Oscar nominated for work on 'Rear Window'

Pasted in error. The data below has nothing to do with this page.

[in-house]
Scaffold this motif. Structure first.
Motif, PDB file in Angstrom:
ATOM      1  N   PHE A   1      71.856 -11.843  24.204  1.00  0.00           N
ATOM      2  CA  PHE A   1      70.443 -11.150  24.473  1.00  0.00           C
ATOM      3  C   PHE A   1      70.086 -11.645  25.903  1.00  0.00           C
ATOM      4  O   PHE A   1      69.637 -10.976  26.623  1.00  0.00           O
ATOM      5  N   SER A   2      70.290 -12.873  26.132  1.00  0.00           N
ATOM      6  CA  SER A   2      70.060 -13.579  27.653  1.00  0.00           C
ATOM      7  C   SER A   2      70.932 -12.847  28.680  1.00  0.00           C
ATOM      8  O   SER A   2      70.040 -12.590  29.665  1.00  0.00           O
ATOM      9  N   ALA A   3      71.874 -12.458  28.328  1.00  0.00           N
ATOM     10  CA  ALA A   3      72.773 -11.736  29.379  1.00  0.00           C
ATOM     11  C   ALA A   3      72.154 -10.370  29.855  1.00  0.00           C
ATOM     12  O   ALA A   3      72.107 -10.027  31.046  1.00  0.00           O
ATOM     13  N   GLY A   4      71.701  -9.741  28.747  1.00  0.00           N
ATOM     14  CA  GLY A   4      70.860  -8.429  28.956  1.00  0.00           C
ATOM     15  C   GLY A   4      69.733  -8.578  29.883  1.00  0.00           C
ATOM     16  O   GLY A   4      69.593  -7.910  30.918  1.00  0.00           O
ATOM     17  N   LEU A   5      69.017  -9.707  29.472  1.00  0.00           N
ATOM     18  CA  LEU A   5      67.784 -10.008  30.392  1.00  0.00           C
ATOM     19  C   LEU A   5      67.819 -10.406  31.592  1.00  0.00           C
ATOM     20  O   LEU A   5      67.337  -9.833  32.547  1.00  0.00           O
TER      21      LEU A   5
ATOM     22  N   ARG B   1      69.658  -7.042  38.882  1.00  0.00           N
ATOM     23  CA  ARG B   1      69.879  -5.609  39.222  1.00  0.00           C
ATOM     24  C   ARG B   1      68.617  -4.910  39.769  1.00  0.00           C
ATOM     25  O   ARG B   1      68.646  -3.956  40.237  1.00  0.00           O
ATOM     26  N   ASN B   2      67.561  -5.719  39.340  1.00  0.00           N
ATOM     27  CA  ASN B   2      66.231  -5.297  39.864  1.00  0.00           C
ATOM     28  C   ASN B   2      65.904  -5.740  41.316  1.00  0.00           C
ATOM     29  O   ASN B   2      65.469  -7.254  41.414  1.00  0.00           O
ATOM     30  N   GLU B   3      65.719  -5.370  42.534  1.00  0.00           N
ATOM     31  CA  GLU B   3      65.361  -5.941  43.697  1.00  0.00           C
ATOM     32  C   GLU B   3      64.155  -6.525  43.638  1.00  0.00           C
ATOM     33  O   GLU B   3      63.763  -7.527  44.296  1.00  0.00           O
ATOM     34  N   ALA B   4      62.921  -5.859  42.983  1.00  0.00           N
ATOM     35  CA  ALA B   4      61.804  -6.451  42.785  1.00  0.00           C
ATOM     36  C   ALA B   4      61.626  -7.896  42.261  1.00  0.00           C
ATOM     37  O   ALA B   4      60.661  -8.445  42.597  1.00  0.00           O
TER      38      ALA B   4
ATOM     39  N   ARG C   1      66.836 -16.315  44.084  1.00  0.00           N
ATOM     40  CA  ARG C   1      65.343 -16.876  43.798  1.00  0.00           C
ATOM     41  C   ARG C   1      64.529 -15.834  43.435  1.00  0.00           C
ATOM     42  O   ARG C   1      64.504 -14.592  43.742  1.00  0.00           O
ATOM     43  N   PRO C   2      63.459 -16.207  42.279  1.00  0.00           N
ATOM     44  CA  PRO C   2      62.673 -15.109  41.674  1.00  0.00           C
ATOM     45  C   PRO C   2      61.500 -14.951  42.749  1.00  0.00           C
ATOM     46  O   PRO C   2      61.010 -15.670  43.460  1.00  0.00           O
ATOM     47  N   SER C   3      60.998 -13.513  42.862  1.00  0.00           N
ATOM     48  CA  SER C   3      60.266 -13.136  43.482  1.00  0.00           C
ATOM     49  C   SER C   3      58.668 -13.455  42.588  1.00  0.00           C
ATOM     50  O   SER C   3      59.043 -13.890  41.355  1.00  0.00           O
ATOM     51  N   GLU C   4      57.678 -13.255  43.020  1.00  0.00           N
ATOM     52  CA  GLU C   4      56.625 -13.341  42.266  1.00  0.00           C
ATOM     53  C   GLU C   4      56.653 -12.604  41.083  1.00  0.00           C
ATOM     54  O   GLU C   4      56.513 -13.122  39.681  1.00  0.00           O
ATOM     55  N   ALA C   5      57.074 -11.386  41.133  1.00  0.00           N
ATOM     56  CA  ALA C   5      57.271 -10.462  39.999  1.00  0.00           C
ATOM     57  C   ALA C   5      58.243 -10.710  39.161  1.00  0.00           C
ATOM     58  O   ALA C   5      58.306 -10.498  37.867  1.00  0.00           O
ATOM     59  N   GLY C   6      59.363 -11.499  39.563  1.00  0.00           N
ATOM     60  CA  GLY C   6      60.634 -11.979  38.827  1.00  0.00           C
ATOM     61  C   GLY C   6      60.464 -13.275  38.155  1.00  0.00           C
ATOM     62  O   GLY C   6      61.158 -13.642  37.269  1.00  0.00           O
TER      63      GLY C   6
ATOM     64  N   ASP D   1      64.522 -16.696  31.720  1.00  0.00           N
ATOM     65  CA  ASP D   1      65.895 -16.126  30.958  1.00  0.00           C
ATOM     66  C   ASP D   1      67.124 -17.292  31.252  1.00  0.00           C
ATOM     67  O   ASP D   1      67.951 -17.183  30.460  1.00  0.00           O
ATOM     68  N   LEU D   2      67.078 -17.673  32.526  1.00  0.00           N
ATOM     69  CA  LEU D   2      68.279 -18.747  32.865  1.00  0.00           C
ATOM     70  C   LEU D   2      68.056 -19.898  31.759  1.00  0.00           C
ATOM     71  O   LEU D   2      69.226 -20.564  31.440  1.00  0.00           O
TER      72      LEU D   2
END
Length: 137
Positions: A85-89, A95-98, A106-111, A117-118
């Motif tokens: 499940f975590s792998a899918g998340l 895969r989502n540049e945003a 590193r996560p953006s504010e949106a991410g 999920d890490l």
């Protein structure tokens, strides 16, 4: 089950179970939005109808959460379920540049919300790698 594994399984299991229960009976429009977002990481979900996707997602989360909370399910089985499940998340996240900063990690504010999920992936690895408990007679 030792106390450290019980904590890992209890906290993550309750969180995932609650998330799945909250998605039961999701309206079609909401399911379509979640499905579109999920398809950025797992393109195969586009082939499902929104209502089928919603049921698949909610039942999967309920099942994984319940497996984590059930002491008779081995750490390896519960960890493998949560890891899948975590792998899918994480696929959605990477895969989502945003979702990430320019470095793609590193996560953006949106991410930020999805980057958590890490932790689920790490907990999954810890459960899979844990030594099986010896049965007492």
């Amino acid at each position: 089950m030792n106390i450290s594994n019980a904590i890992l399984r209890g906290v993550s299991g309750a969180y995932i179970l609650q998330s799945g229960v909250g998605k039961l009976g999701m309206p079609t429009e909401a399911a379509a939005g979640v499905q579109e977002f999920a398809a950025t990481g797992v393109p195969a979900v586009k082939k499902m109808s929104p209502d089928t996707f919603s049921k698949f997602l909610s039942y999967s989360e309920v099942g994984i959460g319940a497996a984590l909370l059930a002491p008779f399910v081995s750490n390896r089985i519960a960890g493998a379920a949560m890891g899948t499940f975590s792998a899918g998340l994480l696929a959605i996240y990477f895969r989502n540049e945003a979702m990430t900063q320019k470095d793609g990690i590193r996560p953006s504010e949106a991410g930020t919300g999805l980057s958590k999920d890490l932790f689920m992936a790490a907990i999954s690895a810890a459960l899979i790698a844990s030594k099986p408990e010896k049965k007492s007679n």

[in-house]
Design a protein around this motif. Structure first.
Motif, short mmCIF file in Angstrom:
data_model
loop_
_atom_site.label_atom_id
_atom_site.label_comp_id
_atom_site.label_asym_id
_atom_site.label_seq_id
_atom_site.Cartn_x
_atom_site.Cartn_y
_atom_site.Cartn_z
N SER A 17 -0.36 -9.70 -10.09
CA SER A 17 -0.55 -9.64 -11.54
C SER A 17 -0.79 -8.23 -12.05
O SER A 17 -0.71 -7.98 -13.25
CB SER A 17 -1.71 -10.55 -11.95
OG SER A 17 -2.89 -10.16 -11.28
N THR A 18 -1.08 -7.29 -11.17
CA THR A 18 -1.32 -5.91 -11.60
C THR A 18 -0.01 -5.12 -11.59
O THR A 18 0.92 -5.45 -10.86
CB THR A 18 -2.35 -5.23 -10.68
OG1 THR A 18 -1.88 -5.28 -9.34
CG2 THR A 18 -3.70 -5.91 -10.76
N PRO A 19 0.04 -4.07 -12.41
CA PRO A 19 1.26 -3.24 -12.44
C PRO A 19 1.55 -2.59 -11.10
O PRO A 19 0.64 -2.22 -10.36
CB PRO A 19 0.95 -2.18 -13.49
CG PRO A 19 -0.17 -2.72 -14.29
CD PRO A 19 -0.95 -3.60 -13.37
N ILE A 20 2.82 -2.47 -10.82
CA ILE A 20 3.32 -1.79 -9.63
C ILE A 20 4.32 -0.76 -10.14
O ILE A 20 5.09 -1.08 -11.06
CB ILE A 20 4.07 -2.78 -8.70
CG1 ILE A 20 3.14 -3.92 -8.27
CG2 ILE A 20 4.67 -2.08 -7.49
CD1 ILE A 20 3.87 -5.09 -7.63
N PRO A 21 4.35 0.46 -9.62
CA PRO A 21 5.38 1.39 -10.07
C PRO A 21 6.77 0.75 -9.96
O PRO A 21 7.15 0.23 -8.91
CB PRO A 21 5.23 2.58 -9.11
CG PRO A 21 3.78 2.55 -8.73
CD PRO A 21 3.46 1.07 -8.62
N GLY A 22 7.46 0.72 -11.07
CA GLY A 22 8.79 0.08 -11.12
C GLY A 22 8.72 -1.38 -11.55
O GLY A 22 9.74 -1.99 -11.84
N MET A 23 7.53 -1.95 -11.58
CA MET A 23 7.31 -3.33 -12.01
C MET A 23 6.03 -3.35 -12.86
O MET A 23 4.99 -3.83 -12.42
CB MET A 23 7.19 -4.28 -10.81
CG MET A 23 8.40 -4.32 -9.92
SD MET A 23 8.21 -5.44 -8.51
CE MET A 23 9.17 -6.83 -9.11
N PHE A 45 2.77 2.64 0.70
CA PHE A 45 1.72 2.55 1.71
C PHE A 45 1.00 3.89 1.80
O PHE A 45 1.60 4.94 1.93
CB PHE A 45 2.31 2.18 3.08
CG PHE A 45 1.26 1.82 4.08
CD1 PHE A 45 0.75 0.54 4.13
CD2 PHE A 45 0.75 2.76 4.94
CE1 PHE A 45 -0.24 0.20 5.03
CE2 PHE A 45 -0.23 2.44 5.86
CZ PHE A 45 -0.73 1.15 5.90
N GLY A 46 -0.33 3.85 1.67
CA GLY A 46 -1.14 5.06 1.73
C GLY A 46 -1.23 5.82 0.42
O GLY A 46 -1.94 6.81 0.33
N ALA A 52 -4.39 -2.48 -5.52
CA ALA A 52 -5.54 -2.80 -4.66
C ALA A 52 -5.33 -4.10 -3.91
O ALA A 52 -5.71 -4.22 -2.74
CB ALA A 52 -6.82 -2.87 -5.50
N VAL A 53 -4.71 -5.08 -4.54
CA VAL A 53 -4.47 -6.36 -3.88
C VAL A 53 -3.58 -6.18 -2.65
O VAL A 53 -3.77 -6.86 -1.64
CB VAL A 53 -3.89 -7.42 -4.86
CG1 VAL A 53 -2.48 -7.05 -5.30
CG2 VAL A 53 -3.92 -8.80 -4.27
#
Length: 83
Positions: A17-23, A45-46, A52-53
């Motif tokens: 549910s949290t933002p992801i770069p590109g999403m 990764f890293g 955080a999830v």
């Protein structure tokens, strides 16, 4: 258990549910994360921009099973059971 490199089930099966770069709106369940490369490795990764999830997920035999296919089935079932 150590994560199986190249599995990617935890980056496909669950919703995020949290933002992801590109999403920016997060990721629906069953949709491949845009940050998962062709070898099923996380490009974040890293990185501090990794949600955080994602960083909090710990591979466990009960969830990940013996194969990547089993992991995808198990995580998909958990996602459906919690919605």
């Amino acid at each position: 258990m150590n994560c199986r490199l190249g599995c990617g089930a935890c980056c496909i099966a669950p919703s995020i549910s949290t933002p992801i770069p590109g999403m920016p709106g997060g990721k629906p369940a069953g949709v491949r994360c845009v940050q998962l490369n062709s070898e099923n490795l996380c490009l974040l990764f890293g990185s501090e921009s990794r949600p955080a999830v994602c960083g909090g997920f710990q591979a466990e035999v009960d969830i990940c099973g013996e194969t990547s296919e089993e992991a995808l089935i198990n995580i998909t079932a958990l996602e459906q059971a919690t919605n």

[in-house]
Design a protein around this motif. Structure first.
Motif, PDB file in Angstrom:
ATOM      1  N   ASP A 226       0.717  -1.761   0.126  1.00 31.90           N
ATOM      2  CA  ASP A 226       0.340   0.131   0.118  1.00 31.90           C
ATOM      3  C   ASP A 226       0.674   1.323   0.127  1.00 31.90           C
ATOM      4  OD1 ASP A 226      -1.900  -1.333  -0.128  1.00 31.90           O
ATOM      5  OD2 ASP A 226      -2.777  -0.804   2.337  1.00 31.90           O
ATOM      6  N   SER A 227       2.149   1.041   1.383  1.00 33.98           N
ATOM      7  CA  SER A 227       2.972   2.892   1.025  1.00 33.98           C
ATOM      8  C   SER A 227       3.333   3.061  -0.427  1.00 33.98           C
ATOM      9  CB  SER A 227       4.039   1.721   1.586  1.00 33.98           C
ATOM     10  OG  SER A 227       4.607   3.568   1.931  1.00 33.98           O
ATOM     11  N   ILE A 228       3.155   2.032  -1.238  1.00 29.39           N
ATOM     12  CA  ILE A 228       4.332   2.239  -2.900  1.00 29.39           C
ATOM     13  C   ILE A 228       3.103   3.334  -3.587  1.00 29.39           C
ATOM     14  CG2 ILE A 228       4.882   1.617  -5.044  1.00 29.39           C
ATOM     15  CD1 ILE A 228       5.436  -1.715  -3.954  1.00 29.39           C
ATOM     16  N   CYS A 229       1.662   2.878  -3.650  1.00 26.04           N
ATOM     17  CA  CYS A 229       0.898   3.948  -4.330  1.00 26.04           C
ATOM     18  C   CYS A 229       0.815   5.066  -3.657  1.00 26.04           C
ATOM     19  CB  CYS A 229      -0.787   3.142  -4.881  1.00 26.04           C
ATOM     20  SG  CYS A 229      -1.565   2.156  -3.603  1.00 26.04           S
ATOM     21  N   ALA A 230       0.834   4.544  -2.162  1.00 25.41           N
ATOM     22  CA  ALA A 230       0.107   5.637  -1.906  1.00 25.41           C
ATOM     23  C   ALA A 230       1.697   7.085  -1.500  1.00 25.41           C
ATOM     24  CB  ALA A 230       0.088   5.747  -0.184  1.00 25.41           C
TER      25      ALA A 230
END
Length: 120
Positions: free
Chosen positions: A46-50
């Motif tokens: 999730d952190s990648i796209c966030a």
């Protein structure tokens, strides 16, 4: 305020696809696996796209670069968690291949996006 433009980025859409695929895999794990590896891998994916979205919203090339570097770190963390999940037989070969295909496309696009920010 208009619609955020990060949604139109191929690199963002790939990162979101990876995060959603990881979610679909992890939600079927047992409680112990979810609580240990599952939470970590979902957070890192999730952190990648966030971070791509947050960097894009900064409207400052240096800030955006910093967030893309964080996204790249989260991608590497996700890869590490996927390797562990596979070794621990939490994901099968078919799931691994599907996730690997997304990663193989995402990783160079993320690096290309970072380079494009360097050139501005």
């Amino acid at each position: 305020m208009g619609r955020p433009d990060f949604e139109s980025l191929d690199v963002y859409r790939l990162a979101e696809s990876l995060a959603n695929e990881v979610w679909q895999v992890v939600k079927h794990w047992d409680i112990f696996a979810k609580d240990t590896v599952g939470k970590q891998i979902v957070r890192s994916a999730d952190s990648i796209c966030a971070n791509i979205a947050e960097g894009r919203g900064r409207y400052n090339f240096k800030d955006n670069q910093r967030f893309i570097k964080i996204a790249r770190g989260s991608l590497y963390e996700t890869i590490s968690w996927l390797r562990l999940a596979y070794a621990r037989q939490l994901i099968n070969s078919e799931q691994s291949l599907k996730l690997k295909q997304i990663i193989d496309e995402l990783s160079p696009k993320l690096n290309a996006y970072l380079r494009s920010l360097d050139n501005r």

Screenwriter John Michael Hayes, nominated for Academy Awards for the classic Alfred Hitchcock film “Rear Window” and for “Peyton Place,” died of natural causes Wednesday in Hanover, N.H. He was 89.Hayes also collaborated with Hitchcock on “To Catch a Thief,” “The Trouble With Harry” and the 1956 version of “The Man Who Knew Too Much.” In his 2001 book “Writing With Hitchcock,” Steven Derosa makes the case that the screenwriter of Hitchcock’s classic films should be given more consideration. “It is clear that both men gained immeasurably from the talents of the other,” said Variety’s review of the book. A disagreement over the writing credit for “The Man Who Knew Too Much” abruptly ended the personal and professional relationship of Hitchcock and Hayes, the book relates. Another writer had made earlier contributions to the remake of Hitchcock’s 1934 film, but the Writers Guild ruled that Hayes would receive the sole credit. The film version of the bestseller “Peyton Place” received nine Oscar noms, including adapted screenplay for Hayes, and was later made into a TV series. He went on to write 1960s showpieces such as “Butterfield 8,” “The Children’s Hour,” “The Carpetbaggers” and “Where Love Has Gone.” During the 1970s, he wrote mostly for TV, with programs including “Winter Kill,” “Nevada Smith,” “Adams of Eagle Lake” and “Pancho Barnes.” Hayes’ most recent writing credit is for the 1998 film “Iron Will,” starring Kevin Spacey. Hayes was born in Worcester, Mass., and got his start writing for newspapers and radio. After paying his way through school at Massachusetts State College and serving in the Army, Hayes moved to Hollywood. There he landed a job writing for Lucille Ball’s radio program “My Favorite Husband” and serial drama “The Adventures of Sam Spade.” His radio work caught the attention of Universal, which hired him as a screenwriter in the early 1950s. His first screen credit was for Budd Boetticher’s “Red Ball Express” in 1950. Hayes donated his collection of scripts, photographs, letters and clippings from his Hollywood career to Dartmouth College in 1990. He also taught film writing in Dartmouth’s film studies program. He is survived by four children.